It may be feasible to resume ventilation/perfusion (V/Q) scans in the U.S. as the incidence of COVID-19 cases decline, according to a new statement by the Society of Nuclear Medicine and Molecular Imaging (SNMMI).
V/Q scans with SPECT or SPECT/CT can increasingly be incorporated into the workup of patients who are suspected to have pulmonary embolism, the SNMMI announced in a March 28 communication. The group said its new guidance was based on the availability of three vaccines for the SARS-CoV-2 virus, as well as safety measures that have been adopted for performing V/Q scans.
V/Q scans came under scrutiny early in the COVID-19 pandemic due to their potential to create aerosols that could be released into a room, and many nuclear medicine sites opted to stop performing the studies. The SNMMI noted the concerns in a communication issued in March 2020; the group then issued updated guidelines for performing the scans in September of last year.
With the new guidance, SNMMI said it wanted to provide the most up-to-date information to its members. The guidance includes the following:
- Providers should attend to the results of COVID-19 polymerase chain reaction tests of patients, depending on local policies or institutional guidelines.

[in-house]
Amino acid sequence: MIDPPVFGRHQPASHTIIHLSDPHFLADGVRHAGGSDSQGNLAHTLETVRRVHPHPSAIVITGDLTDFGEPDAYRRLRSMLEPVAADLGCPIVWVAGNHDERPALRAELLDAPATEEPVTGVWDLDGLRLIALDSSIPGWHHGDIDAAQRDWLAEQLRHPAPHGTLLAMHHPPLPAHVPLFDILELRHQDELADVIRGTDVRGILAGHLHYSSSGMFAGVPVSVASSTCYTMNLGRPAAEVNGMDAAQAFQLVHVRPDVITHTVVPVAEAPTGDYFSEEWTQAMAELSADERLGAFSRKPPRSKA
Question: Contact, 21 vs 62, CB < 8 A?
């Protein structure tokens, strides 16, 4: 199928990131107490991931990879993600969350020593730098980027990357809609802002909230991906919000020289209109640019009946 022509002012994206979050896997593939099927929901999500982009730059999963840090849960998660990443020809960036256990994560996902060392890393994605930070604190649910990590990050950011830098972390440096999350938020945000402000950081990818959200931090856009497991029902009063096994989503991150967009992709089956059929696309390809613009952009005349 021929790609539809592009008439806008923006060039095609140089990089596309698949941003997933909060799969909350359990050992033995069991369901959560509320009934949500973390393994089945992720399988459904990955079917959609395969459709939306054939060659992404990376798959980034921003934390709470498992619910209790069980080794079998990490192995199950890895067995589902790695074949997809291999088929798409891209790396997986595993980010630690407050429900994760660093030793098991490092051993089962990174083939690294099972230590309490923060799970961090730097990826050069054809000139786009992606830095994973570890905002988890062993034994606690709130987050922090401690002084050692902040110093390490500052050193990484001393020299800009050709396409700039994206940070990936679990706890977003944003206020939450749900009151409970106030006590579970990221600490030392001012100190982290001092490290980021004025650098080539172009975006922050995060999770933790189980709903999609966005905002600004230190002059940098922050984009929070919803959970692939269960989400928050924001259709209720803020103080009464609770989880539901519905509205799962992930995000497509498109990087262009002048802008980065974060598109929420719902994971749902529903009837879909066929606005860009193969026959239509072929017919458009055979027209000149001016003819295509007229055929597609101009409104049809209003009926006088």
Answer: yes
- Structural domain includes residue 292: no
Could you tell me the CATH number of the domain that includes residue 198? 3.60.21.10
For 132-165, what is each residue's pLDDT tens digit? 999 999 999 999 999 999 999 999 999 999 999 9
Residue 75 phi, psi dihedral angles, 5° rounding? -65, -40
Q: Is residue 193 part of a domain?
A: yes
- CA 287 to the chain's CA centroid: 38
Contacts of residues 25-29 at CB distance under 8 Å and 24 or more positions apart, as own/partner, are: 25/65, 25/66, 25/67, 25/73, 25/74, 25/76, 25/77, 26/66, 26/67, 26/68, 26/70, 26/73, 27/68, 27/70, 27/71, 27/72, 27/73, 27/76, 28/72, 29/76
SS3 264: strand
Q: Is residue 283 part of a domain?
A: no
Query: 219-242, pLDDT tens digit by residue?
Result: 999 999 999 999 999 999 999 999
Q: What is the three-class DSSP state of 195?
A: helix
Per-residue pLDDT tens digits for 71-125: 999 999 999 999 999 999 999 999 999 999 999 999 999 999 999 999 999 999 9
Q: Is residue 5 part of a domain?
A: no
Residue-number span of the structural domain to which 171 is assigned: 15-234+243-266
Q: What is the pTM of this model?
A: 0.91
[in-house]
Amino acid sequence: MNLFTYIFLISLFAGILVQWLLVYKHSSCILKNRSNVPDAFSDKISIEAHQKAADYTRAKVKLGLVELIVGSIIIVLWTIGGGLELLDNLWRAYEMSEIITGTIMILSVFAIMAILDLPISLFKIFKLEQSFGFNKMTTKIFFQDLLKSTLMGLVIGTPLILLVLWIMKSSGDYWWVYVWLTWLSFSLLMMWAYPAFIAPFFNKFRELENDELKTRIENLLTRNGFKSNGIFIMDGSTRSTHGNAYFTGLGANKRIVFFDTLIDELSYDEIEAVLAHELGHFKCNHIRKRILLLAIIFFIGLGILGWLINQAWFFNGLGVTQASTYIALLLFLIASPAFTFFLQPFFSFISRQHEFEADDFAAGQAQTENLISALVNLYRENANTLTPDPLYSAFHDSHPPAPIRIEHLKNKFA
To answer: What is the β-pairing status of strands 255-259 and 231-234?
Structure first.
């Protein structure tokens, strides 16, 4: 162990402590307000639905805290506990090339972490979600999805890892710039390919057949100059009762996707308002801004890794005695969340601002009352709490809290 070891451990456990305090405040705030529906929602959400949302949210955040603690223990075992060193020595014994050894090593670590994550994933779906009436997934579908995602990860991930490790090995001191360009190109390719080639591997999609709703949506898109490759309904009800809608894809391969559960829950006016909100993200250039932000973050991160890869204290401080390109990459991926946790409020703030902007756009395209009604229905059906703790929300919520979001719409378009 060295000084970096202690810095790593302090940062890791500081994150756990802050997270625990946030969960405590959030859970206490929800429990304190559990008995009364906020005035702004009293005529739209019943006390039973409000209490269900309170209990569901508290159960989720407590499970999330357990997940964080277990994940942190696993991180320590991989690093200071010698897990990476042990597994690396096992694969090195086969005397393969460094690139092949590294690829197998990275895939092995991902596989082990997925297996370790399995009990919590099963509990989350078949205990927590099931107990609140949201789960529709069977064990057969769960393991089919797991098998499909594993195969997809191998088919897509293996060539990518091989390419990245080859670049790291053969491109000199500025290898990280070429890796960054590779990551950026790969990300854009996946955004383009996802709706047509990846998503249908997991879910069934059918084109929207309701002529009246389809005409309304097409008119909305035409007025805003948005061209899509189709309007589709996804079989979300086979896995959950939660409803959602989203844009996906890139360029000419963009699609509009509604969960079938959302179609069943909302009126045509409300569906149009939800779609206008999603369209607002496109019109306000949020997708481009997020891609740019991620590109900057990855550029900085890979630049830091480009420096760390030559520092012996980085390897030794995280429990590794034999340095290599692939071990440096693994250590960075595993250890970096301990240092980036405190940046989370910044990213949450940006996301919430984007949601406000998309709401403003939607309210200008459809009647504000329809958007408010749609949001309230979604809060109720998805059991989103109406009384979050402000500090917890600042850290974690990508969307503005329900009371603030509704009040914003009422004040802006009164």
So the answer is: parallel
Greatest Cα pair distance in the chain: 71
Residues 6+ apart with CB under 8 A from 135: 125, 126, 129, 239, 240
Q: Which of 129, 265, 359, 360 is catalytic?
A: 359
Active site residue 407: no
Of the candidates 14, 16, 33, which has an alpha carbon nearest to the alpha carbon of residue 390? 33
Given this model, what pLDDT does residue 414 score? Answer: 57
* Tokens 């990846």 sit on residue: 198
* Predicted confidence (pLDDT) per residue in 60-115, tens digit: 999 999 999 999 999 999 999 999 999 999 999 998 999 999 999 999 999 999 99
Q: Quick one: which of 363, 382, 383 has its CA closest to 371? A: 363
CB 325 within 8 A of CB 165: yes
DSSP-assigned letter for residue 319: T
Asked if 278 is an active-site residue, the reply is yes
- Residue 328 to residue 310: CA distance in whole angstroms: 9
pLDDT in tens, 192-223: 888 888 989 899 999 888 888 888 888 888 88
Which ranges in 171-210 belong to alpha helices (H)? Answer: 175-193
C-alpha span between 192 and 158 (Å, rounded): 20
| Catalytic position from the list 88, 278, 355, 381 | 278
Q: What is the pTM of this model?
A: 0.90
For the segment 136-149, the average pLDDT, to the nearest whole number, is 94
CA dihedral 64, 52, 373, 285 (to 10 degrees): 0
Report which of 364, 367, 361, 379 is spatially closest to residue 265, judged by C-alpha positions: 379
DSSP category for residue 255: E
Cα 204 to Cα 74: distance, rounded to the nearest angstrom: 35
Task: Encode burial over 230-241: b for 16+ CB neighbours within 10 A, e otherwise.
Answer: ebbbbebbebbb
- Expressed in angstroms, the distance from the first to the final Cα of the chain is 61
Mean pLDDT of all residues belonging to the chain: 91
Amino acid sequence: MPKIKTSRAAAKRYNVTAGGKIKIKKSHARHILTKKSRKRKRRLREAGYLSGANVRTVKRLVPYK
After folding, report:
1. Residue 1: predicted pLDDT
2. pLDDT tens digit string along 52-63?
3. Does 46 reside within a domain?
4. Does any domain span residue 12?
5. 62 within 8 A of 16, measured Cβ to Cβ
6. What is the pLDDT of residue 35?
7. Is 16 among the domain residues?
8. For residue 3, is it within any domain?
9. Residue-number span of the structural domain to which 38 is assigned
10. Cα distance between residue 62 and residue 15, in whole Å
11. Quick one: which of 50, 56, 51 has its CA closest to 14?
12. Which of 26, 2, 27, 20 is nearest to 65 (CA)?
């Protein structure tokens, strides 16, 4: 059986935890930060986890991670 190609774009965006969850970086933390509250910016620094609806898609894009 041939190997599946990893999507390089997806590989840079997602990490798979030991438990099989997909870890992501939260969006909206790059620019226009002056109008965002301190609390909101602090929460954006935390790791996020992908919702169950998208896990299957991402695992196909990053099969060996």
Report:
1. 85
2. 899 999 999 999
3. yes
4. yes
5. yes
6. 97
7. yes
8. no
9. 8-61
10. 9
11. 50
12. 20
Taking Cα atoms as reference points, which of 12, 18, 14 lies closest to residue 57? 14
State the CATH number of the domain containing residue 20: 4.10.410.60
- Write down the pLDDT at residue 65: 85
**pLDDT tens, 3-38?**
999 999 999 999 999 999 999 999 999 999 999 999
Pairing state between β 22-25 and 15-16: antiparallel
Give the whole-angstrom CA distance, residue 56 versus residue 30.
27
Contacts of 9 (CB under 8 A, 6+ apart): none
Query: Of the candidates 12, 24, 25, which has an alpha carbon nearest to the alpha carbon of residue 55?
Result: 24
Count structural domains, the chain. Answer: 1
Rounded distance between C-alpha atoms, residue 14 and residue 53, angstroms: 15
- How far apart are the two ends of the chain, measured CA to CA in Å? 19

- Nuclear medicine technologists should wear appropriate personal protective equipment (PPE) while conducting tests.
- Sites should evaluate the airflow in rooms where V/Q studies are performed to determine the required time for room turnover.
- Providers should consider the most appropriate agent for the V/Q study.
- Sites should consult with local infection control groups for guidance and to evaluate their staff PPE, facilities, and equipment.
- The V/Q protocol should be considered based on the clinical indication and after consultation with the patient's referring physician.
"As the incidence and the prevalence of COVID-19 have started to decline in many parts of the country, it may now be feasible to resume the use of ventilation scans to improve the diagnostic specificity of lung scans while following institutional safety guidelines," the group noted. "SNMMI will continue to monitor the COVID-19 pandemic and provide updated information whenever possible."